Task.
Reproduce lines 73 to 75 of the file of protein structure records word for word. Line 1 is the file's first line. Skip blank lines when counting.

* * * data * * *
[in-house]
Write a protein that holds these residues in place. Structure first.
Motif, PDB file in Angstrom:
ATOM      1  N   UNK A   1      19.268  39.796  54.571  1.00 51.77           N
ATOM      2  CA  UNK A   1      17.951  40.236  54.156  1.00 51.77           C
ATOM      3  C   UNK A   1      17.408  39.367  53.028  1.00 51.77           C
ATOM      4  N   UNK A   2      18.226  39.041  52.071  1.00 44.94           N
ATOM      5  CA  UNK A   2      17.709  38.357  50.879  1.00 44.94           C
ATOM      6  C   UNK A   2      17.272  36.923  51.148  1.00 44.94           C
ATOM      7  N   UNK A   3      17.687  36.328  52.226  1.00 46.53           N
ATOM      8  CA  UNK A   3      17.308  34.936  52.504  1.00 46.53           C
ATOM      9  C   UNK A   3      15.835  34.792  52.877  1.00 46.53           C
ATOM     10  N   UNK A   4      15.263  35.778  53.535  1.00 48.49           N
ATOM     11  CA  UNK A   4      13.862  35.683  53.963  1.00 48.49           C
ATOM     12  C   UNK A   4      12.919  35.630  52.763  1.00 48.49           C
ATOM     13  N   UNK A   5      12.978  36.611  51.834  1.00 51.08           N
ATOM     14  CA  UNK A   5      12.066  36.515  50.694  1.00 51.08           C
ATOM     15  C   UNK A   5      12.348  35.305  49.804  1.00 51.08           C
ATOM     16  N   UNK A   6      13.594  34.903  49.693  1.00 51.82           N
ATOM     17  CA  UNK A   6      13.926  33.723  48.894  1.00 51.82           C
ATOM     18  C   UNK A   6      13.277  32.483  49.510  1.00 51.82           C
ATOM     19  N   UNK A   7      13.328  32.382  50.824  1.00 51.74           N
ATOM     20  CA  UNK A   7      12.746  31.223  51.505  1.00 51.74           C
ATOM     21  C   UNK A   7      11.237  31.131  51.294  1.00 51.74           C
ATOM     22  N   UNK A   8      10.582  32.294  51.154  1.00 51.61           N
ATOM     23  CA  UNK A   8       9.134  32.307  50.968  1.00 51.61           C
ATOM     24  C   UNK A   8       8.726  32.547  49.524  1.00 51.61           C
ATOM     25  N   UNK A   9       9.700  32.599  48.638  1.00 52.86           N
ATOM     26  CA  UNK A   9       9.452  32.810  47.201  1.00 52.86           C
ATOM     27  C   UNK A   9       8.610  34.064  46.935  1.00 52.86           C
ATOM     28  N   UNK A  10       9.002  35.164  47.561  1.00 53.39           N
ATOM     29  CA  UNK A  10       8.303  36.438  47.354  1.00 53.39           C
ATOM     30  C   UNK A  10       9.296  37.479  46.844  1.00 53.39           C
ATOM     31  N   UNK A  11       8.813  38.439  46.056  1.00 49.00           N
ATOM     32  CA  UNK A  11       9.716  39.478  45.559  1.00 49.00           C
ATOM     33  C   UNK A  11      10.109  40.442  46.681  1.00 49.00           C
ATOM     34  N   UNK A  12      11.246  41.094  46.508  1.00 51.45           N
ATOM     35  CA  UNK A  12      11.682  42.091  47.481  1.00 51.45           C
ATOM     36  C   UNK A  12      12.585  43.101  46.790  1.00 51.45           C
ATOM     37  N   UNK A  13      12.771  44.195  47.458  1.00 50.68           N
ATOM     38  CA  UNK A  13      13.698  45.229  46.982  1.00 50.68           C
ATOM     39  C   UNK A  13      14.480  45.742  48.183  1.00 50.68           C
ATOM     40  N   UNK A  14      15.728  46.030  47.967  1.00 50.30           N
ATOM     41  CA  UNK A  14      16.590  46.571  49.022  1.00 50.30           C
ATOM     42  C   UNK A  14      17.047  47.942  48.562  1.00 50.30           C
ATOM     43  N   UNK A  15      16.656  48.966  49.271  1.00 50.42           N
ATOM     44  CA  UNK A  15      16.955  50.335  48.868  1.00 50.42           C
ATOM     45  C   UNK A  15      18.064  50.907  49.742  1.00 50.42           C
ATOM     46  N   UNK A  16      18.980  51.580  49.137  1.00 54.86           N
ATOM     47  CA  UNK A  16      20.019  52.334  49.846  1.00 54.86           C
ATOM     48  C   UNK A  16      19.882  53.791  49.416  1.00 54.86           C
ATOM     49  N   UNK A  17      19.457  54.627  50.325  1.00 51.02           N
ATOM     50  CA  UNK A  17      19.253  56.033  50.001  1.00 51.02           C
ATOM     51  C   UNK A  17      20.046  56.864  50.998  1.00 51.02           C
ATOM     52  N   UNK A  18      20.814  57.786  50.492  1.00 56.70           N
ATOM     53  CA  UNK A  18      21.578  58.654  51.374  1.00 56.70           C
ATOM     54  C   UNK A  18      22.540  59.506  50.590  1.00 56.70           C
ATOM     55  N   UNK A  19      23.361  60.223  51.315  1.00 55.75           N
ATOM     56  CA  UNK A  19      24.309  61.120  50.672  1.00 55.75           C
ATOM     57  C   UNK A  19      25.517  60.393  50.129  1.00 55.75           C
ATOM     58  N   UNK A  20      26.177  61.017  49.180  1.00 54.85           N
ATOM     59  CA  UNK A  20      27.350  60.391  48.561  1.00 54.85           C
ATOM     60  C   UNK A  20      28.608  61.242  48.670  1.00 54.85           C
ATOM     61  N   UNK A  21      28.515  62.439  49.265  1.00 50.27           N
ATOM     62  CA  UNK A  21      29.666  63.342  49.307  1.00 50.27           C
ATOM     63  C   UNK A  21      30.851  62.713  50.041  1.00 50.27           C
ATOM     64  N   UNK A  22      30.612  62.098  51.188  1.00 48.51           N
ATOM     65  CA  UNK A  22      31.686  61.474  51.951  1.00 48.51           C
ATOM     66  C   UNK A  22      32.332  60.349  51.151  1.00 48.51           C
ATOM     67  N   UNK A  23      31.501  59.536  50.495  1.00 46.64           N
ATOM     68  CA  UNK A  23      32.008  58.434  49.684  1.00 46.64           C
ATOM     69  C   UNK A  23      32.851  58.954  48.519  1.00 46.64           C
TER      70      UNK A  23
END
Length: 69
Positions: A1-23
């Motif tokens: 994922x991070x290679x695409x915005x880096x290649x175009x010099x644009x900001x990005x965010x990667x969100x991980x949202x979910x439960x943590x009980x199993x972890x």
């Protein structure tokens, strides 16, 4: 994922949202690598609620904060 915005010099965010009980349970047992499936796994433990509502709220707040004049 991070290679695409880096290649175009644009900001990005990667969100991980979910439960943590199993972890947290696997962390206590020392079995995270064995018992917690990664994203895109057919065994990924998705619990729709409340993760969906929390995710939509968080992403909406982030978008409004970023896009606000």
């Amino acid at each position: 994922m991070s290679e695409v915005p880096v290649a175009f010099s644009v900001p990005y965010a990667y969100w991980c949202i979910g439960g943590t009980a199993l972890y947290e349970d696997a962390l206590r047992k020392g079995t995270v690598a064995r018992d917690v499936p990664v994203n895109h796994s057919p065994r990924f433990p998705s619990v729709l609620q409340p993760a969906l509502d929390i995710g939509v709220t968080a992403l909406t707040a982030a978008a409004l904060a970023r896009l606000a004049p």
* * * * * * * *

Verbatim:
TER      70      UNK A  23
END
Length: 69